The Anatomy of the Spine

The anatomy of the spine is studied under three segments. These segments include 7 cervical, 12 dorsal, 5 lumbar vertebrae. Under lumbar vertebrae, there is respectively the sacrum and the coccyx (tailbone), which is a remainder of the evolutionary process. There are different parts in a spinal bone. The vertebral body is the most important part that carries weight.

Vertebral bodies are aligned on top of one another with the help of some flexible tissues called the intervertebral discs. Behind vertebral bodies, there are laminae that surrounds the spinal cord. Next to the laminae, there are two transverse processes and a spinous process that serve the attachment of muscles and ligaments. There are superior and inferior articular facet joints on each vertebra which serve the stability of the spine.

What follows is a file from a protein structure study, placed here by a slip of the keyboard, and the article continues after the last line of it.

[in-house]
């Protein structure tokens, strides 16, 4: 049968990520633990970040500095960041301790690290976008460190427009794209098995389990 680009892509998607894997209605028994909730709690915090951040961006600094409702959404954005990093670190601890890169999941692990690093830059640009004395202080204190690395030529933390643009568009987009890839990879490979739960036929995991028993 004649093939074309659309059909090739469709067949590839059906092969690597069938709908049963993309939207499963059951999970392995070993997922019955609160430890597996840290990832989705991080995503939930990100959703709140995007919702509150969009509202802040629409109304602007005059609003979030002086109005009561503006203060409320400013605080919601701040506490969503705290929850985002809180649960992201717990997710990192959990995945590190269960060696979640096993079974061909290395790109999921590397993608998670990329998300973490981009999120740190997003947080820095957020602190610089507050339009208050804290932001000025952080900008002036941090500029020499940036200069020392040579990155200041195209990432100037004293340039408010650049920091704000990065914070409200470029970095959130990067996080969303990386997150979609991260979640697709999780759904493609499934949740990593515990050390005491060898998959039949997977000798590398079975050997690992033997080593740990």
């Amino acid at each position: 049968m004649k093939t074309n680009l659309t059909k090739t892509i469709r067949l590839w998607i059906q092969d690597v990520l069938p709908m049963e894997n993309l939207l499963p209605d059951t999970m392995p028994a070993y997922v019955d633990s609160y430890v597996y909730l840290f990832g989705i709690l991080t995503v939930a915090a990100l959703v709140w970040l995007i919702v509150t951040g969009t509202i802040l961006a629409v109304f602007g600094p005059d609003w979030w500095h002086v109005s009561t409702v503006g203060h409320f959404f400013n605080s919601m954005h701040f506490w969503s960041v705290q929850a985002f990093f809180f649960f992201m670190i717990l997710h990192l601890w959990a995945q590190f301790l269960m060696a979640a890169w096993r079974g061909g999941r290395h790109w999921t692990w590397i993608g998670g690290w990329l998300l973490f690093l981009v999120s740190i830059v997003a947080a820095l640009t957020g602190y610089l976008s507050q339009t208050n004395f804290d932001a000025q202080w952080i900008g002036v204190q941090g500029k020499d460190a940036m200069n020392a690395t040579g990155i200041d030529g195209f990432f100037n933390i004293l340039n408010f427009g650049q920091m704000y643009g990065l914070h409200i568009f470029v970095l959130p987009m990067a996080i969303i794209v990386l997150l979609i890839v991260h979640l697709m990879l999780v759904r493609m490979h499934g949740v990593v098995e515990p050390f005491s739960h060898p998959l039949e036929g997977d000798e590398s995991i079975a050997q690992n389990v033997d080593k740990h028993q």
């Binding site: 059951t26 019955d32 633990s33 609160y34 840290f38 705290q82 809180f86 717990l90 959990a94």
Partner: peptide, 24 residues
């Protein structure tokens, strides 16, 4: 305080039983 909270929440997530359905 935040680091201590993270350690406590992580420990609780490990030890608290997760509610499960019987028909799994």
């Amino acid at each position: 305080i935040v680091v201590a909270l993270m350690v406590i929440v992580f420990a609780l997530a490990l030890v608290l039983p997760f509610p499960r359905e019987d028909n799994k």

There are nerve roots between the vertebral bodies and the laminae. Some of the nerve roots that exit from the four lumbar vertebrae constitute the sciatic nerve. Sciatic nerve is located behind the pelvis and the hip, and it goes down through the thigh. Therefore, some diseases in the lumbar vertebrae (like spinal disc herniation and some tumors) involve a pain from the hip to the thigh.

Vertebral bodies are separated from one another by structures called the discs, the annulus and the soft gel-like material nucleus pulposus. Spinal disc herniation is the result of a tear in the outer ring (anulus fibrosus) of the intervertebral disc which lets some of this nucleus pulposus bulge out in a hernia and pressures the nerves in the spinal cord.

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